Here you can learn a few tricks on how to make photos specifically for a Medieval Pet Portrait.
The quality of your pet’s photo is the most important thing for a painting worthy of hanging on the wall. Sometimes the right posture and attitude can make a difference. In case you are not content with the photos that you have, you may want to go to a photo shooting session with your pet.
Don’t worry. It’s not complicated, and it’s worth the effort. My advice is just to go and take some photos anyway. It will be fun.
1. Only the head is important, and sometimes the neck.
Do not worry about the body of your pet and the background. Only the head will be seen in the final portrait. The body will be replaced by a medieval painting anyway. This advice is against established photography rules, but it makes sense because we are looking for a special-purpose photo.
2. Fill the entire frame with the head
The head will be the central piece of the painting – everyone will look closely at it. The details are very often important so try to get the maximum from your camera by getting closer to your pet. If you take a photo from a distance, the relevant part (the head of your pet) will contain a fewer number of pixels and fewer details.
2. Position, angle, and attitude
Try to have the pet pose close to the one in the original painting that you like (front, profile, or semi profile). Your camera should be at the eye level of your pet. Sit on the floor if you need to and target his face. Get someone to capture the attention of your dog. The eyes should be open.
3. You may use an assistant
Many dogs and cats are very active and not interested in photography, so they try to go away. You can have someone keep them still. You can put it on your assistant’s shoulder. Give support for the chest and back legs all the time. Do not pull your pet by the front legs. It may be painful.
Some cameras are optimized for human faces. The assistant can look away and let the pet be the star.
4. Take photos of the paws
Many paintings look better with animal paws than with human hands. You may want the original paws in the picture. Take some close-ups. It is a small detail, but you will remember this for many years.
5. Natural Lightning, without flash
- This is a secret everyone knows: almost any camera can make good photos in a good light.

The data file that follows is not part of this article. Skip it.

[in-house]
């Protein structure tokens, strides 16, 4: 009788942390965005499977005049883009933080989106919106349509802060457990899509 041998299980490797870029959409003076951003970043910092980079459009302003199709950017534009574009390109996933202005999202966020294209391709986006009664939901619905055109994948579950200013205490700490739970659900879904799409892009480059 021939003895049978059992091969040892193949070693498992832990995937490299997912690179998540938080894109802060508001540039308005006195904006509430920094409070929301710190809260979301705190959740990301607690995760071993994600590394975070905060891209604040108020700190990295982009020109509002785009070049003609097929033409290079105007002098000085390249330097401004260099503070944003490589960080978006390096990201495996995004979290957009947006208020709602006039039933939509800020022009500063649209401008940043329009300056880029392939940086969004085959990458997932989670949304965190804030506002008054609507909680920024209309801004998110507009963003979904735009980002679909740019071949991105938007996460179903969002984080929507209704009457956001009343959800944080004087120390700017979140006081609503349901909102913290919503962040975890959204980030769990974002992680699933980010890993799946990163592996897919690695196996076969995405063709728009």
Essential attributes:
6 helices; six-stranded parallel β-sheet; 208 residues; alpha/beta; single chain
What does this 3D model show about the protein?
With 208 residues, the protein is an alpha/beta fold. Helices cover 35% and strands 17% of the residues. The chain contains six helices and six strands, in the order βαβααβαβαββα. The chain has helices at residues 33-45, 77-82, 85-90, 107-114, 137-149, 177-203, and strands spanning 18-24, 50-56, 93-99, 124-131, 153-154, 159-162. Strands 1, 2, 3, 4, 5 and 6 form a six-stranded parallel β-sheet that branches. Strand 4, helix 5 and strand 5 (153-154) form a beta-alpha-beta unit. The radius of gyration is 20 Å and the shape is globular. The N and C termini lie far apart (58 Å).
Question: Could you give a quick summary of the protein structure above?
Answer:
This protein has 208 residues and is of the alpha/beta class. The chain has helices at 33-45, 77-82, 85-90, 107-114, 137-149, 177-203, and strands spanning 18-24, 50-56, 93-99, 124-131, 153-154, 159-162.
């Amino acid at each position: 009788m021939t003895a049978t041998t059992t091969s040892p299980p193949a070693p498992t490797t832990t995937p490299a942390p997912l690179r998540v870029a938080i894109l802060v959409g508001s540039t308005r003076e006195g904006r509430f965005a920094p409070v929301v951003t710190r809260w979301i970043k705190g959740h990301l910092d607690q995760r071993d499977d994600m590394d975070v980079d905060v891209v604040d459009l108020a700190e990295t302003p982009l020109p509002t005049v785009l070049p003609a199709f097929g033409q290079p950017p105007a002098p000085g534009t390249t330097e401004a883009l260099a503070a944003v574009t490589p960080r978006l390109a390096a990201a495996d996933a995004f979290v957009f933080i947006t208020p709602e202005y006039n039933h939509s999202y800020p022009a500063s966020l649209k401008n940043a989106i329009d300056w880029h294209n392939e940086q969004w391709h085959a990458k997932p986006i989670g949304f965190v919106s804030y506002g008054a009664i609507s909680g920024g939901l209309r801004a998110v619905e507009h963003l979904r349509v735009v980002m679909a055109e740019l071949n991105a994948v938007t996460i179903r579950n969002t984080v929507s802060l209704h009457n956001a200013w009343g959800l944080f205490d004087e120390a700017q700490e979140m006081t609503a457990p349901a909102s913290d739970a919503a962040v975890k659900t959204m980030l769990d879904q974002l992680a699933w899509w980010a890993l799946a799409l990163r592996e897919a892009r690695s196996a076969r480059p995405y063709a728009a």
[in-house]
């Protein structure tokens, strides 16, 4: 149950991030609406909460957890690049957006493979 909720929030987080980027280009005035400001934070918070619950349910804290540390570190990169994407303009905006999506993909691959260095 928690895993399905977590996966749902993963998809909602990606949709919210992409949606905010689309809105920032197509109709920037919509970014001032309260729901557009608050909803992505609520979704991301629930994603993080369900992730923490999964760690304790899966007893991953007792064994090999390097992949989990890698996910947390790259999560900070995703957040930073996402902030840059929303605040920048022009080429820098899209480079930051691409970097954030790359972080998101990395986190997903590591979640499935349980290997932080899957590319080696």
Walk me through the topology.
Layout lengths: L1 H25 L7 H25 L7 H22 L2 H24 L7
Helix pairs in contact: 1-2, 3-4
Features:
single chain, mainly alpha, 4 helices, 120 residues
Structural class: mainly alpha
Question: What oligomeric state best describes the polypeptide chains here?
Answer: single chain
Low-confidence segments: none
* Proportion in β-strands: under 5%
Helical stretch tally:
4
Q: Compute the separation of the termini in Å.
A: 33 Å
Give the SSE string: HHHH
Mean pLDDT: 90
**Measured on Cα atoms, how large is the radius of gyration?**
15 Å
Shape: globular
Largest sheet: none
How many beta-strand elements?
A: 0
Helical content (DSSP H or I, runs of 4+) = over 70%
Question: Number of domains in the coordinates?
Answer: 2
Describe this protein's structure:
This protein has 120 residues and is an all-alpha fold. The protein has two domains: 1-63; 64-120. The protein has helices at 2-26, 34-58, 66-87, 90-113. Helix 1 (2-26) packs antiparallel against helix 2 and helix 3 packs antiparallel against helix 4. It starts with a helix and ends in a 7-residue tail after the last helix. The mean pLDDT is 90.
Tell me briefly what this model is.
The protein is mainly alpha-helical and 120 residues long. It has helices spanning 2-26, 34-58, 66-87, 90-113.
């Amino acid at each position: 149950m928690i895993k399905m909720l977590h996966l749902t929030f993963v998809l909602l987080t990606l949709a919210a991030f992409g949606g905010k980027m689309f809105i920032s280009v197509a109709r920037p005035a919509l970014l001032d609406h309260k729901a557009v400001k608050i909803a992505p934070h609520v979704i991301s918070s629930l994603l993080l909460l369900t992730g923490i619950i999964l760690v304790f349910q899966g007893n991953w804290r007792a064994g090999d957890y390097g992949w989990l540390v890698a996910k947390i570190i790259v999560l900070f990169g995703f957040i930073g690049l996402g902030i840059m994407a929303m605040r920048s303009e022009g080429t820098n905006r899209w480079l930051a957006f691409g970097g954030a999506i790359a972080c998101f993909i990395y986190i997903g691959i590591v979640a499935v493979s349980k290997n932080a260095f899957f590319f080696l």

- Try to go with your pet outside, but try to avoid strong sunlight because it will cast sharp shadows. You can also take outstanding photos in the golden hour (is the period of the daytime shortly after sunrise or before sunset).
- Shoot with the sun behind you to get a uniform light. But, in very bright your pet may be squinting so you will have to find shade.
- You can shoot on an overcast day because the light is uniform and you will have no shadows.
- If you cannot go outside, make use of the natural light by going close to the window, but avoid the shadows. Turn all the lights on, even during the daytime.
- Don’t use flash. If you have enough light, you don’t need flash. You will get a dull and flattened image. However, if you are shooting during the day, my advice is to use fash. It is counterintuitive, but it can compensate for the harsh shadows on the face.
6. How to get your dog to look at the camera
Sometimes this can be very frustrating because it is hard to keep his attention for more than a few moments and keep the camera steady at the same time. Show him a treat or his favorite toy, maybe with the help of an assistant. Or make some noise to capture his attention.
The face should be clear and in focus, with many details. Sometimes the camera gets confused if there are many objects. You can take many photos and choose the best ones.
8. You can use your smartphone
Your smartphone should be good if you have enough light. A DSLR is better especially for posters larger than 16*20 inches.
9. Do not use digital zoom
It is preferable to get closer, rather than use digital zoom. It will not add much information. Or don’t use zoom at all. A computer is better at enhancing the image than a camera.
If your camera has optical zoom, go for it.